Flipping through H&M’s Web site, you might get deja vu: Somehow, the lingerie and bikini models manage to pose exactly the same, even down to the arch of their pinkie finger. It’s not just exceptionally good posing — Aftonbladet, a Swedish tabloid, reports that the company created computer-generated perfect bodies, and then edited a different model’s head onto each one, changing the skin color to match. The practice was first noticed by Bildbliffen, a Norwegian Web site that monitors photo retouching.
Håcan Andersson, H&M spokesperson, told the Aftonbladet that the company does it not to show off an ideal body but to show off the clothes. It also probably saves money that would otherwise go to paying models and stylists. But H&M is being criticized nevertheless for promoting a body so perfect that it isn’t even human.
According to the Toronto Star, a national advertising watchdog denounced the Swedish company for “creating unrealistic physical ideals” and demanded that H&M “find someone with both body and face that can sell their bikinis.” Sweden’s neighbor to the west, Norway, has already considered banning advertisements that feature super-skinny models.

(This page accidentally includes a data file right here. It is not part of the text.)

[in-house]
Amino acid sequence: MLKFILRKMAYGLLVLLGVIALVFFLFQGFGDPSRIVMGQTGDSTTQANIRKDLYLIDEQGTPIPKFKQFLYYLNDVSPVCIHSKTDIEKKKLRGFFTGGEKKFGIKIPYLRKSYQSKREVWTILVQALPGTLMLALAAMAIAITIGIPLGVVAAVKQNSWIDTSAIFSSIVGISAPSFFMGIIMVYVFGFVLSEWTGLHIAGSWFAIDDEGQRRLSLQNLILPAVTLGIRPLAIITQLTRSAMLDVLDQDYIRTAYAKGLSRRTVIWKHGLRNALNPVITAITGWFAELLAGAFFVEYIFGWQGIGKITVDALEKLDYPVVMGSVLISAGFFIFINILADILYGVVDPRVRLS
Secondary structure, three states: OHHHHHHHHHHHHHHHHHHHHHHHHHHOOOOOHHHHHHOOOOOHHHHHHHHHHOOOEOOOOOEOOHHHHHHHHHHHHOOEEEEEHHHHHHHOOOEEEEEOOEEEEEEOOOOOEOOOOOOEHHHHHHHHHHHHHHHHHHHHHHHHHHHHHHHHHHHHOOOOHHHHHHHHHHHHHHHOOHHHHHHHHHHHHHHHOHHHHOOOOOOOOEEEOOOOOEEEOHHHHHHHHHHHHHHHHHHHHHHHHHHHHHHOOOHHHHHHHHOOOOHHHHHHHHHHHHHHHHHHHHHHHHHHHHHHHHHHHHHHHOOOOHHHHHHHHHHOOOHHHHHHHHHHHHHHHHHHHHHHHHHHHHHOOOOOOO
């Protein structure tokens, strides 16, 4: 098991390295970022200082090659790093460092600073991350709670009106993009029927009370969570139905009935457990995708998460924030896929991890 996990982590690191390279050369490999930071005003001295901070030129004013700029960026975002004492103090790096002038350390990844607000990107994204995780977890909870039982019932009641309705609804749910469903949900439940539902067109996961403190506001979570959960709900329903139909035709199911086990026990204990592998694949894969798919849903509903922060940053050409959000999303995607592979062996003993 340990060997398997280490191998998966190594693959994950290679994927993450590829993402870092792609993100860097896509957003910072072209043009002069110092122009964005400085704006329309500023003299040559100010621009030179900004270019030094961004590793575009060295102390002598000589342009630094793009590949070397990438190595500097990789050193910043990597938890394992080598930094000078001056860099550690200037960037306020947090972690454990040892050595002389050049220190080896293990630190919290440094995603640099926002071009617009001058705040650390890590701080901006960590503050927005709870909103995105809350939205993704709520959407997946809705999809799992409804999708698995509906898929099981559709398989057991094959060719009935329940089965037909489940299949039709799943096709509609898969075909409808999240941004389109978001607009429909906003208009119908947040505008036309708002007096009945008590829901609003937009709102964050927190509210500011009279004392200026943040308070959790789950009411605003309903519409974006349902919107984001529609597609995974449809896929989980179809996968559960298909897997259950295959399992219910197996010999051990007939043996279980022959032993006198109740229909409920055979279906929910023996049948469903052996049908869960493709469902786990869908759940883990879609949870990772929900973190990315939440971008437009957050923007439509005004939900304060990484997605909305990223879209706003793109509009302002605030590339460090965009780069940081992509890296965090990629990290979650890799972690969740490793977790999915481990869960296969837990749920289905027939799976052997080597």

H&M isn’t going to apologize or change its ways, though.
“This is a technique that is not new, it is available within the industry today and we are using it for our Shop Online in combination with real-life models pictures and still-life pictures,” Andersson told another Swedish Web site, The Local.
The company’s defiance has united models and feminists against the use of “virtual mannequins.”
“It is disrespectful and lazy,” Michael Flutie, creator and cast member of E!’s newest model search reality show “Scouted,” told Fox411. “It is the job of the brand to properly scout for their models and find those that represent their brand in every aspect. They need to take the responsibility of looking deep into the model pool to find the right people instead of digitally creating what they need.”